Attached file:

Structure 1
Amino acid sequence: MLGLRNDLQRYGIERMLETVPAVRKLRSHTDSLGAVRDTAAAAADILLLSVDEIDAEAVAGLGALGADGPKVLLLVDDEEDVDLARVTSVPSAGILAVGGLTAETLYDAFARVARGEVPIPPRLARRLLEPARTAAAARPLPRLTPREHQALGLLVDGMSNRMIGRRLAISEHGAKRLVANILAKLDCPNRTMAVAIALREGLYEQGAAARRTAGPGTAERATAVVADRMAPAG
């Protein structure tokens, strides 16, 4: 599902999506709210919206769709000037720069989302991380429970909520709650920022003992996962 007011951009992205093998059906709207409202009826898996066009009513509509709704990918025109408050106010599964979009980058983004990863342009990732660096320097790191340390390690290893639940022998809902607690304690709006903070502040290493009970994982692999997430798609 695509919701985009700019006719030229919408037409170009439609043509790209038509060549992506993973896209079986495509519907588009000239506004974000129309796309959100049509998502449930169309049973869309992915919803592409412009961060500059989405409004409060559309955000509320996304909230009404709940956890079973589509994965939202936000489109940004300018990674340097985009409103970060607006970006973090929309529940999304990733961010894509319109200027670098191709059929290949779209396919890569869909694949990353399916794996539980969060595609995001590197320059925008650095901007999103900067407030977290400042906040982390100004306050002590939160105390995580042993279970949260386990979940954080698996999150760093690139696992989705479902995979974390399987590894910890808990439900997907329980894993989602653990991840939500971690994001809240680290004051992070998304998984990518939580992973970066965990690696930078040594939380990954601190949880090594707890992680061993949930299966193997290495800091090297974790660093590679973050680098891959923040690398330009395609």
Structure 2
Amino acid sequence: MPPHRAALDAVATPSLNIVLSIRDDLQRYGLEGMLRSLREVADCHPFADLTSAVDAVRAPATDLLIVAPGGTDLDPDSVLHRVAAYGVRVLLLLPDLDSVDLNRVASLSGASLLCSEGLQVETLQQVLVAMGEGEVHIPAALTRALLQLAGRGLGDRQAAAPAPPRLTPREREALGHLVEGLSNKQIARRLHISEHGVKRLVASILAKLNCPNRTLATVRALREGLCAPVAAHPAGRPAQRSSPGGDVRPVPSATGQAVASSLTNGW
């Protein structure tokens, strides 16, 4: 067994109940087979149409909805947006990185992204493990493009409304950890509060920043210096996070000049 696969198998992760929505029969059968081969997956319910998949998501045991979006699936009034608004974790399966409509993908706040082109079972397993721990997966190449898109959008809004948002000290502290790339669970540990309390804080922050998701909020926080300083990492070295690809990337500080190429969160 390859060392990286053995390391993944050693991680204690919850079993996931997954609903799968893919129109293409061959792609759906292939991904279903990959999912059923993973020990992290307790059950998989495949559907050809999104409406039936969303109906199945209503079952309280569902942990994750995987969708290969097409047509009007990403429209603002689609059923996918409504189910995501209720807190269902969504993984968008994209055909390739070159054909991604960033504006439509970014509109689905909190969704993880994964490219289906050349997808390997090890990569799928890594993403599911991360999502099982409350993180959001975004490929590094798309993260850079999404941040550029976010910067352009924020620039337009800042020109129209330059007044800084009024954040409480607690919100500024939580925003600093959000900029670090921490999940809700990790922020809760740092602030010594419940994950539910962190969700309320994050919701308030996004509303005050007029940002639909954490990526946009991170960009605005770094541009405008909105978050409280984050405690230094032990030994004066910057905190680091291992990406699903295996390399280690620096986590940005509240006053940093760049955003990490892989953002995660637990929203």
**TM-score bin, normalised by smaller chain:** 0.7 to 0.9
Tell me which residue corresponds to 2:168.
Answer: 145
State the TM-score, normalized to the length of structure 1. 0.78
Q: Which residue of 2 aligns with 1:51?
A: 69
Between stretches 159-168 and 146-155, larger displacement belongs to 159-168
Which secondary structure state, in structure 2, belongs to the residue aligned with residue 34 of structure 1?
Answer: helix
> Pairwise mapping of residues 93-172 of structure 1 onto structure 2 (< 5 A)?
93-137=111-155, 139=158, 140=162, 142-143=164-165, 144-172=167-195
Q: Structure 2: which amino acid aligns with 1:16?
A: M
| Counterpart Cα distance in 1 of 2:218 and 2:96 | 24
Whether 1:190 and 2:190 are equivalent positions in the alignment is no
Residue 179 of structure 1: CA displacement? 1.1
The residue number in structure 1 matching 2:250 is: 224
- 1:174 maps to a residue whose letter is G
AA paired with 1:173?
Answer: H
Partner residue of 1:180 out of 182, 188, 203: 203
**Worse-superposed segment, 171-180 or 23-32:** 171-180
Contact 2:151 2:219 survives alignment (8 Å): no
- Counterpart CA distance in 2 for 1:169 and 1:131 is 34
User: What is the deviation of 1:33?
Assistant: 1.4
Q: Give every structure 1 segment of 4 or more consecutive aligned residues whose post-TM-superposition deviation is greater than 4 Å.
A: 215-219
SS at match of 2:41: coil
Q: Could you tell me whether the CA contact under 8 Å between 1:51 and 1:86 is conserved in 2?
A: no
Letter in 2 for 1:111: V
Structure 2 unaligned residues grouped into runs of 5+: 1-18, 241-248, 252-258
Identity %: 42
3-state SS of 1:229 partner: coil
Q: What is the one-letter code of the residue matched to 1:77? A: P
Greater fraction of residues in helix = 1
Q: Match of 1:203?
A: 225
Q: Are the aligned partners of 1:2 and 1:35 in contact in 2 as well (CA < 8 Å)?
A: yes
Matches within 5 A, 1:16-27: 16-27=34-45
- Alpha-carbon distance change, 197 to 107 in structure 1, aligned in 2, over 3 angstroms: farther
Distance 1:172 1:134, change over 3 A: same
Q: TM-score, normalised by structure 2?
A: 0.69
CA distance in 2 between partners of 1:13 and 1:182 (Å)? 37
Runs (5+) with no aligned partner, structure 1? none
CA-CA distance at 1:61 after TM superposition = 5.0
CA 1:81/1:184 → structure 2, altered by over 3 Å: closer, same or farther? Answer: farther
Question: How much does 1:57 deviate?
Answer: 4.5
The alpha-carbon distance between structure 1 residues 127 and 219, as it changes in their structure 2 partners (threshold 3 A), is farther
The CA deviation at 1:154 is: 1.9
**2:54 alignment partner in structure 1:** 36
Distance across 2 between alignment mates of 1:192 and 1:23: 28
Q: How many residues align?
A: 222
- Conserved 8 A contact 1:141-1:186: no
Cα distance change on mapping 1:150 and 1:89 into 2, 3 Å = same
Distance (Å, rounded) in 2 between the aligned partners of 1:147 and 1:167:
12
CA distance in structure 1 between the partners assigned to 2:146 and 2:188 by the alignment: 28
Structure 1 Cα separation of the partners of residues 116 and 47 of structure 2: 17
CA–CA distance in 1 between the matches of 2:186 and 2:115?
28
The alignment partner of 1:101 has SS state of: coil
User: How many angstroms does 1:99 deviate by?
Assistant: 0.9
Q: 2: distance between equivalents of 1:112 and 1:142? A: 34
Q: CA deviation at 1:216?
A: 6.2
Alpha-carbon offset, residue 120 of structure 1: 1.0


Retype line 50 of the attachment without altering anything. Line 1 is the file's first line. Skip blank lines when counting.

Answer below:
Distance 1:172 1:134, change over 3 A: same